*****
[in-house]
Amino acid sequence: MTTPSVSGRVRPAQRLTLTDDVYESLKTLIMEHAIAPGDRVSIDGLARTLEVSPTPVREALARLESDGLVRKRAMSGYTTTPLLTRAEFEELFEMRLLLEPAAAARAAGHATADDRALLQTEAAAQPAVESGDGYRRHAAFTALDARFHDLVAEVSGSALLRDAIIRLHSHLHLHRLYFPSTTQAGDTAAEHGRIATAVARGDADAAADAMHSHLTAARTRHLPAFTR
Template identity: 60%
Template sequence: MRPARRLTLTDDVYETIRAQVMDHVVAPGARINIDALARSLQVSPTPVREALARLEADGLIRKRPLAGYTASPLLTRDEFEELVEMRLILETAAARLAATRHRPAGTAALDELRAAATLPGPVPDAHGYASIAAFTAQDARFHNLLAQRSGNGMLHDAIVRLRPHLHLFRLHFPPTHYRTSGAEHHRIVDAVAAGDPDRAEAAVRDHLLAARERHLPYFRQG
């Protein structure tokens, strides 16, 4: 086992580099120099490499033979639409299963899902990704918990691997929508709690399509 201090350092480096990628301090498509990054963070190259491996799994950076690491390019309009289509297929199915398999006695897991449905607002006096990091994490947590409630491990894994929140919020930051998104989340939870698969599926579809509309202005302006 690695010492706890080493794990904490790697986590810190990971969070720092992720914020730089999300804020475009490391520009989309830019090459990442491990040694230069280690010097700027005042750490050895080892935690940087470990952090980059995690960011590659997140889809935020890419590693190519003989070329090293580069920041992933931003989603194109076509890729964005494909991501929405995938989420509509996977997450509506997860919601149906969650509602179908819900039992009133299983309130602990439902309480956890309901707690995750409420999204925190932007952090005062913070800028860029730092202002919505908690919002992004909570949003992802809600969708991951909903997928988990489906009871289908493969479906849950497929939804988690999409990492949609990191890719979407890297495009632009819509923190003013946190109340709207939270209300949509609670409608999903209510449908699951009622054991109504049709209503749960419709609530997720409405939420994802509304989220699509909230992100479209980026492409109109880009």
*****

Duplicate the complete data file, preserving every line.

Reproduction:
[in-house]
Amino acid sequence: MTTPSVSGRVRPAQRLTLTDDVYESLKTLIMEHAIAPGDRVSIDGLARTLEVSPTPVREALARLESDGLVRKRAMSGYTTTPLLTRAEFEELFEMRLLLEPAAAARAAGHATADDRALLQTEAAAQPAVESGDGYRRHAAFTALDARFHDLVAEVSGSALLRDAIIRLHSHLHLHRLYFPSTTQAGDTAAEHGRIATAVARGDADAAADAMHSHLTAARTRHLPAFTR
Template identity: 60%
Template sequence: MRPARRLTLTDDVYETIRAQVMDHVVAPGARINIDALARSLQVSPTPVREALARLEADGLIRKRPLAGYTASPLLTRDEFEELVEMRLILETAAARLAATRHRPAGTAALDELRAAATLPGPVPDAHGYASIAAFTAQDARFHNLLAQRSGNGMLHDAIVRLRPHLHLFRLHFPPTHYRTSGAEHHRIVDAVAAGDPDRAEAAVRDHLLAARERHLPYFRQG
């Protein structure tokens, strides 16, 4: 086992580099120099490499033979639409299963899902990704918990691997929508709690399509 201090350092480096990628301090498509990054963070190259491996799994950076690491390019309009289509297929199915398999006695897991449905607002006096990091994490947590409630491990894994929140919020930051998104989340939870698969599926579809509309202005302006 690695010492706890080493794990904490790697986590810190990971969070720092992720914020730089999300804020475009490391520009989309830019090459990442491990040694230069280690010097700027005042750490050895080892935690940087470990952090980059995690960011590659997140889809935020890419590693190519003989070329090293580069920041992933931003989603194109076509890729964005494909991501929405995938989420509509996977997450509506997860919601149906969650509602179908819900039992009133299983309130602990439902309480956890309901707690995750409420999204925190932007952090005062913070800028860029730092202002919505908690919002992004909570949003992802809600969708991951909903997928988990489906009871289908493969479906849950497929939804988690999409990492949609990191890719979407890297495009632009819509923190003013946190109340709207939270209300949509609670409608999903209510449908699951009622054991109504049709209503749960419709609530997720409405939420994802509304989220699509909230992100479209980026492409109109880009």